Morocco World News
Morocco World News
New York, August 27, 2011
In a letter sent to the Minister of Interior, Taïeb Charkaoui, Human Rights Watch called into the attention of Moroccan government the case of Abdelkrim Mouti’ who remains one of the few political exiles from the era of “years of lead” still being denied the right to return to Morocco. His family members are also deprived of the right to return to their homeland for the mere reason of their kinship with him.
Human Rights Watch noted that “since Morocco embarked on a period of human rights reform in the mid-1990s, the vast majority of political exiles have been able to return home without fear of persecution”.
Mr. Mouti’ who is 77 years old and lives in Libya, since his departure from Morocco in November 1975, have been continuously denied a new passport despite the numerous request by his family, the last of which was in 2001, to remove the ban on him, reported the organization in this letter.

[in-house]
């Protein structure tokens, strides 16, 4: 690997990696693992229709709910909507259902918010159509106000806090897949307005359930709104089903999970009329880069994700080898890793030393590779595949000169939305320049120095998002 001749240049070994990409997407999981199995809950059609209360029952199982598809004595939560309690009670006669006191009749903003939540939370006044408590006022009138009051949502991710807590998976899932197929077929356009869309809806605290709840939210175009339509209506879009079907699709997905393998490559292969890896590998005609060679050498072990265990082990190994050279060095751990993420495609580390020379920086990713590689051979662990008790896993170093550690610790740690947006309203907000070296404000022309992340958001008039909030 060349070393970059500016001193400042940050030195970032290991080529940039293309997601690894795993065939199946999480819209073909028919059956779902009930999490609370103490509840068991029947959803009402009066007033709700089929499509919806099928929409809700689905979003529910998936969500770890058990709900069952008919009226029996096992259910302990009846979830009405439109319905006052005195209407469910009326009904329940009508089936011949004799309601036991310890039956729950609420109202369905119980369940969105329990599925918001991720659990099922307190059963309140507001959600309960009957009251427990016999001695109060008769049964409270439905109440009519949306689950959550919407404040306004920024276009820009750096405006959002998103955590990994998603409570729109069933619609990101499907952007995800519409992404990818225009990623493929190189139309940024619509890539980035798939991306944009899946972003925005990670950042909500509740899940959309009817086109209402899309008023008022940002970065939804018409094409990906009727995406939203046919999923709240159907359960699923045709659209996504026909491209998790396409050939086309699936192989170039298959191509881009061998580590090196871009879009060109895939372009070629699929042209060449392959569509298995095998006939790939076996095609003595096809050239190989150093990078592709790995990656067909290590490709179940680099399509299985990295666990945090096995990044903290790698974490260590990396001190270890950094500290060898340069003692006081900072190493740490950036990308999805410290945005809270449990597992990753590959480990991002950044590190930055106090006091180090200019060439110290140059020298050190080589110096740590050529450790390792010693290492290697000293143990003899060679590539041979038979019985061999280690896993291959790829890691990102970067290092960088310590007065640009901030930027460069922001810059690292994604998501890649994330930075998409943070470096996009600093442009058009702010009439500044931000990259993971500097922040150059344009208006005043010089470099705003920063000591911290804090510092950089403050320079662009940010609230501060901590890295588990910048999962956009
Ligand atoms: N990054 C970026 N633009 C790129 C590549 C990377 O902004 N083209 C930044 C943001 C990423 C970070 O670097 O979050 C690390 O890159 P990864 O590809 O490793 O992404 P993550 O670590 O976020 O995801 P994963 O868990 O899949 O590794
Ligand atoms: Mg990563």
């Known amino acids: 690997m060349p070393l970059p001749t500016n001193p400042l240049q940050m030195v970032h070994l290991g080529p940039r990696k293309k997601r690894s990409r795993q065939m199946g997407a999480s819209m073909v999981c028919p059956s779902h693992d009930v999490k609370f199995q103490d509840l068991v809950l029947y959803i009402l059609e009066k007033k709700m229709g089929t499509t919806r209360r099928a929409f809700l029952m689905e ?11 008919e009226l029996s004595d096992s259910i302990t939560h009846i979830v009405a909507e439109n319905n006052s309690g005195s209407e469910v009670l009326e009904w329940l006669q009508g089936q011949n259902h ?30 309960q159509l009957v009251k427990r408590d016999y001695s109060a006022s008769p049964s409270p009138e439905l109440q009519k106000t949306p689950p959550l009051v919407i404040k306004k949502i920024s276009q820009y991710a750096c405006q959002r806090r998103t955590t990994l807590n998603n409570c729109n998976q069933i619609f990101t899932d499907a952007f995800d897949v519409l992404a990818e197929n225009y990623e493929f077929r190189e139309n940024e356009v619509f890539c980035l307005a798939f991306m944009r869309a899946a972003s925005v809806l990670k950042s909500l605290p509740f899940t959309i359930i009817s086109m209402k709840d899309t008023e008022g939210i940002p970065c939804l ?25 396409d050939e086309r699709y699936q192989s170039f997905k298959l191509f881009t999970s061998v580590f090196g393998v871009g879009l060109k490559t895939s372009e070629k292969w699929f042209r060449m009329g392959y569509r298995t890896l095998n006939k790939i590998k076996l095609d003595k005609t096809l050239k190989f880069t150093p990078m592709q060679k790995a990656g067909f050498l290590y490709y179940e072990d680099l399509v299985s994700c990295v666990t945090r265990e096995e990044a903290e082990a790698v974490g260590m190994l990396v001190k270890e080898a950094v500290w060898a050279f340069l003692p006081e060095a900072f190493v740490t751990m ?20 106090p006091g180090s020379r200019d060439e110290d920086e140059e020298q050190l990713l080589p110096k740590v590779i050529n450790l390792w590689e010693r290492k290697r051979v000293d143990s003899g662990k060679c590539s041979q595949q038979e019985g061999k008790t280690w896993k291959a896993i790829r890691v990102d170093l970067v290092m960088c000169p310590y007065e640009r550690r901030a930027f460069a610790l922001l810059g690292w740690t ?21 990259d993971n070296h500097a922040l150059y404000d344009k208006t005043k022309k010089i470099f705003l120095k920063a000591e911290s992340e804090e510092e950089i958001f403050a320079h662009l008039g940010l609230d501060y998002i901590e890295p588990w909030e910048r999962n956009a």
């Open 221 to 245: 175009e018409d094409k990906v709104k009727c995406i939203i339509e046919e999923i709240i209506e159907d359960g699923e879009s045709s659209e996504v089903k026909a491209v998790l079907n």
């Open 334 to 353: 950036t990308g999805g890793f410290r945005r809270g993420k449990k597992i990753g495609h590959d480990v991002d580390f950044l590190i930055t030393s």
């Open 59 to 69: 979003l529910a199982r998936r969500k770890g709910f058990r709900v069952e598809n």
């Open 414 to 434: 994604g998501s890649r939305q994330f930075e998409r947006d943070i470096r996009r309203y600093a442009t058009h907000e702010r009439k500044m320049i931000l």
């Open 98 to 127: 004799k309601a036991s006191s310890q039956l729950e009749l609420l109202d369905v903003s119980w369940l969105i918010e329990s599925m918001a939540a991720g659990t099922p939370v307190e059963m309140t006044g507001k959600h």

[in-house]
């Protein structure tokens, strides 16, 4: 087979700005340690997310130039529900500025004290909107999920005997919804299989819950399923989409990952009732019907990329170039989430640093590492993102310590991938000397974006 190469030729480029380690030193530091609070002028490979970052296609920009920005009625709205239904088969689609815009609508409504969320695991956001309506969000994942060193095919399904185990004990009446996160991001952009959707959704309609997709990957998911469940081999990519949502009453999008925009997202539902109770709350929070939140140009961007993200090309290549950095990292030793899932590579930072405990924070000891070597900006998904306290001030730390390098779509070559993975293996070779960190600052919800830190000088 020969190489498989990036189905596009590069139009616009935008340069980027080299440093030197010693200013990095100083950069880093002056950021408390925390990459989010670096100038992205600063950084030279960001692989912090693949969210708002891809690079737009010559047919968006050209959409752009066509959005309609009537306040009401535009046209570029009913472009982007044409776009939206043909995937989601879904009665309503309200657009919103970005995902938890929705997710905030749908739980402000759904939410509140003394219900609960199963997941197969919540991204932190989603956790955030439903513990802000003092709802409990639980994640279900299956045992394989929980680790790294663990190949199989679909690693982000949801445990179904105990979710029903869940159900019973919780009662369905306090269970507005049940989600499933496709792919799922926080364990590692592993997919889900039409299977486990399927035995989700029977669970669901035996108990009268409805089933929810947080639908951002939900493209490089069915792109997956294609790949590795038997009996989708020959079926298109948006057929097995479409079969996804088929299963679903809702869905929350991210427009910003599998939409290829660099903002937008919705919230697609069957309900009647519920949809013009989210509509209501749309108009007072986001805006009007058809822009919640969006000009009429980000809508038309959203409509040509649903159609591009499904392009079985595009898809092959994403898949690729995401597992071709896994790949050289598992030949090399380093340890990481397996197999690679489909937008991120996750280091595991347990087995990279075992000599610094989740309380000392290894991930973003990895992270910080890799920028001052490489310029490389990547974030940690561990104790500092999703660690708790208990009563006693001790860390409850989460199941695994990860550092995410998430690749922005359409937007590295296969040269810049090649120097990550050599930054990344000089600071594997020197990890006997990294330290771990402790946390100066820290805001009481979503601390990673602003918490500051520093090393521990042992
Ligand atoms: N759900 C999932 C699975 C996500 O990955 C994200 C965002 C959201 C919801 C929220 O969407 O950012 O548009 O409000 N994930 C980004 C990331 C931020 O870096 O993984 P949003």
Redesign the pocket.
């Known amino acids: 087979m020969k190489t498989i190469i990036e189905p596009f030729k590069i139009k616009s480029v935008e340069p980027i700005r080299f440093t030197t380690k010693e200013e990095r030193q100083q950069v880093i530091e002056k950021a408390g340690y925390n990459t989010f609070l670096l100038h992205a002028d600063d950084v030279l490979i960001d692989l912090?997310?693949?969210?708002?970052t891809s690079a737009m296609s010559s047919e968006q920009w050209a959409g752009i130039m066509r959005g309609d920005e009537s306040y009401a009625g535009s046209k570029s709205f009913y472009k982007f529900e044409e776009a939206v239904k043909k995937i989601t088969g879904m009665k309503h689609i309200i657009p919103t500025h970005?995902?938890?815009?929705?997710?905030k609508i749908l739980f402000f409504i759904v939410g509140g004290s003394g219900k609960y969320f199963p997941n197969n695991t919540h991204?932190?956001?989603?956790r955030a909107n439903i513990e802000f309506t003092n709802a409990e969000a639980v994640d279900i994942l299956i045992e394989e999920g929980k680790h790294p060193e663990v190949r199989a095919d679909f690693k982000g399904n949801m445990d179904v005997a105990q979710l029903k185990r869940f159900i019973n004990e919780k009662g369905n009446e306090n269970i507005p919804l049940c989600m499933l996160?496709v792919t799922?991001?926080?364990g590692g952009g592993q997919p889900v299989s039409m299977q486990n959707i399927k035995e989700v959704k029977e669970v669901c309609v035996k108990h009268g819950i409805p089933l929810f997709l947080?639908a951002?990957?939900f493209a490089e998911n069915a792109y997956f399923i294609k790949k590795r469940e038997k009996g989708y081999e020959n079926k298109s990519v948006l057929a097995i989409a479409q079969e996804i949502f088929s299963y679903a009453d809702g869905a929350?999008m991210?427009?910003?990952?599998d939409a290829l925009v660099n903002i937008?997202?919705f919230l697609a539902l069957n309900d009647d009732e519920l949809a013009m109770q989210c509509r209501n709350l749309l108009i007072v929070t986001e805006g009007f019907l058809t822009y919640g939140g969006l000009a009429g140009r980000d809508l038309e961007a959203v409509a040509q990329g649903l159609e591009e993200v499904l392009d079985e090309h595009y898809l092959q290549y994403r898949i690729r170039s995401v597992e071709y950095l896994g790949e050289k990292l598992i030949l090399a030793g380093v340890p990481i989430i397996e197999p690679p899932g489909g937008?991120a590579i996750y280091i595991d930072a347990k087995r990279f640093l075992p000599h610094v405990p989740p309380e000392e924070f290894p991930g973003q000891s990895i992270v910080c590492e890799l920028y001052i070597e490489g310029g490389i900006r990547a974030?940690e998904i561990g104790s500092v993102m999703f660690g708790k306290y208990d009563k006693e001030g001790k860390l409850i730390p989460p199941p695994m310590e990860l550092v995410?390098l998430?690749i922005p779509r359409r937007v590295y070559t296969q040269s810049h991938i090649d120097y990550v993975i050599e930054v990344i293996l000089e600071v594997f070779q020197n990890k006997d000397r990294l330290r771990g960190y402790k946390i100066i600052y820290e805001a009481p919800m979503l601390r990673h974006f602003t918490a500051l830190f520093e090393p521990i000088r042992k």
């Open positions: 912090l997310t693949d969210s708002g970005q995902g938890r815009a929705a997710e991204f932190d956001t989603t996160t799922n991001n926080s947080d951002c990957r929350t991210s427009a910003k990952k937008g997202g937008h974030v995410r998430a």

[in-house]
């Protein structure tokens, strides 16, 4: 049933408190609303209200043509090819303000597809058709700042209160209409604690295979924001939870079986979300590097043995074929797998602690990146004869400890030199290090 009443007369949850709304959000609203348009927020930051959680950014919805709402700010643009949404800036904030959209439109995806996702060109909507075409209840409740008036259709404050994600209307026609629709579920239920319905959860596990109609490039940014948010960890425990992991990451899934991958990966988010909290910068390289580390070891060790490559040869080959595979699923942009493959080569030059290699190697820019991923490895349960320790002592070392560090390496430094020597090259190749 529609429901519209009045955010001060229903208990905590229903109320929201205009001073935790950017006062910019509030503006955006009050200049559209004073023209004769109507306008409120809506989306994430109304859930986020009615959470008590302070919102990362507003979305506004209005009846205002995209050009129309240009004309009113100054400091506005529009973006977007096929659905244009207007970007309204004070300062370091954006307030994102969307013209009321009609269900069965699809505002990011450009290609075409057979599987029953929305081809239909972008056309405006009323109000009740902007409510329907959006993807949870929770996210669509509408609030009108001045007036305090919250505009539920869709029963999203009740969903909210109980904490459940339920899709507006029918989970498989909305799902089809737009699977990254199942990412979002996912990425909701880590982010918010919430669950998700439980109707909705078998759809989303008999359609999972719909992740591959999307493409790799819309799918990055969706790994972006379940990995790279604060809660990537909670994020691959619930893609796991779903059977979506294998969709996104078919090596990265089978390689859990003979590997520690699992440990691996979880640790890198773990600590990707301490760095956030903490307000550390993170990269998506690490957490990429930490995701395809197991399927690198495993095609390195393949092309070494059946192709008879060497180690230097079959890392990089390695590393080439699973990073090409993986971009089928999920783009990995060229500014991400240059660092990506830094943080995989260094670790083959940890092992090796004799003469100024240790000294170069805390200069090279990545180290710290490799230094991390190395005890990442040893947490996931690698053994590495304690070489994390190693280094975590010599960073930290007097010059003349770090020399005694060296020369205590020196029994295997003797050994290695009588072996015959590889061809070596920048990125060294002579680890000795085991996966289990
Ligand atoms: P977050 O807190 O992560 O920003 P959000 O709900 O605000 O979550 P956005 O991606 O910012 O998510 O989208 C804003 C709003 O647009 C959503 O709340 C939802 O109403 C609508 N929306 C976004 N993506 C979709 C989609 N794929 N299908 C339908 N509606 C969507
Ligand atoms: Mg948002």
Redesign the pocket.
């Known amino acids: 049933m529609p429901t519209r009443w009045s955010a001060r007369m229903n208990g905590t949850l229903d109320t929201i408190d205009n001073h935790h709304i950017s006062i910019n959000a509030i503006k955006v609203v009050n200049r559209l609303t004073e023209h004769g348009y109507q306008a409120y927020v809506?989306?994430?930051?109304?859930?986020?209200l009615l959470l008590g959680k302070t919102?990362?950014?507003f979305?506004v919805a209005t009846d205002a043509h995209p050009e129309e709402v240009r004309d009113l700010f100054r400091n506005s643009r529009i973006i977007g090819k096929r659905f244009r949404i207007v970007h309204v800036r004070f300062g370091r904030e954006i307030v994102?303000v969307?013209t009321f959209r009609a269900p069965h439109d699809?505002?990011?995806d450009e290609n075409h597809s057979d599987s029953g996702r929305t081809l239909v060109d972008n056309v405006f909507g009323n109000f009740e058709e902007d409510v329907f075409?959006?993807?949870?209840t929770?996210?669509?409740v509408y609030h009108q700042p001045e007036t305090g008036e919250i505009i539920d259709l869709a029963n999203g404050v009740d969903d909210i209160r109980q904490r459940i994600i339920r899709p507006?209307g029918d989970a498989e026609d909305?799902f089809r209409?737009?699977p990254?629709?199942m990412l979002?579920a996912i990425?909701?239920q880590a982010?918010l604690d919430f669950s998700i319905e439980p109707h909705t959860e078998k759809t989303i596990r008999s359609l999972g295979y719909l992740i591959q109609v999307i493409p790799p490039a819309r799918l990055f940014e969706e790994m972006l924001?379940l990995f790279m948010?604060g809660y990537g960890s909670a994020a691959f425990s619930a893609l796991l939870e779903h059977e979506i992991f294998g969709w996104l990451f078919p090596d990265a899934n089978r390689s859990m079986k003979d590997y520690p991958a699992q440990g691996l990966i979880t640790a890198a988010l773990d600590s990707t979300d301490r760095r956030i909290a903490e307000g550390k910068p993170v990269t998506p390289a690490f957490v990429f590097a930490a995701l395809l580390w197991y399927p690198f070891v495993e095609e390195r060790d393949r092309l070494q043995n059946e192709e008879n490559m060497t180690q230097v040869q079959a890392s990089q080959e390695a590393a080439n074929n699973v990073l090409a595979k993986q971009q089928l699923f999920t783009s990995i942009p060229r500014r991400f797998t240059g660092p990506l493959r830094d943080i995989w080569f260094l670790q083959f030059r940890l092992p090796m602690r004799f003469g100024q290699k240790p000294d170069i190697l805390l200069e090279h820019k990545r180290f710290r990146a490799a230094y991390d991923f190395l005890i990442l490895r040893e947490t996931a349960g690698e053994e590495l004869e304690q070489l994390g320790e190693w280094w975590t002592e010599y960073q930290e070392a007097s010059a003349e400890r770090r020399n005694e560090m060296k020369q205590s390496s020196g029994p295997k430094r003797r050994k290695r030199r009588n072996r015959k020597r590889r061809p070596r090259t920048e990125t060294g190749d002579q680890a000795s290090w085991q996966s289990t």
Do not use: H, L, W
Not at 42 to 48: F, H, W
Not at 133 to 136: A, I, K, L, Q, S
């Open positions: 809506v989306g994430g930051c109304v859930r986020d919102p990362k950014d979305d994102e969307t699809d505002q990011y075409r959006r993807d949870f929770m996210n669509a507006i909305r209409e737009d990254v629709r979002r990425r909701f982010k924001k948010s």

A Moroccan diplomat at the Moroccan Embassy in Tripoli told his family that the only way for Mr. Mouti’ to return home is an explicit amnesty from the King. Usually, on the occasion of every religious or national holidays, King Mohamed VI pardon scores of prisoners over the remaining of their prison terms. On the occasion of Morocco’s Youth Day, celebrated last Sunday, he granted his amnesty to 283 prisoners.
Sarah Leah Whitson the executive director for Middle East and North Africa Division of Human rights Watch said “Mr. Mouti’ and, possibly, his wife and children, are being arbitrarily denied their right to enter their own country, a practice that seems incompatible with the notable efforts Morocco is making to consolidate the rule of law and the protection of human rights.”
Mr. Mouti’ who is the head of the Shabiba Islamiyya organization, was convicted in 1980 by a Moroccan court in connection with the assassination of the Socialist Union of Popular Forces leader Omar Benjelloun in December 1975. He was sentenced, in absentia, to life in prison. In subsequent trials, he was also sentenced to death penalties, in absentia, in 1982 and 1985 on charges of endangering national security. Mr. Mouti’ claims that he was abroad at the time of the killing and has always emphasized his innocence.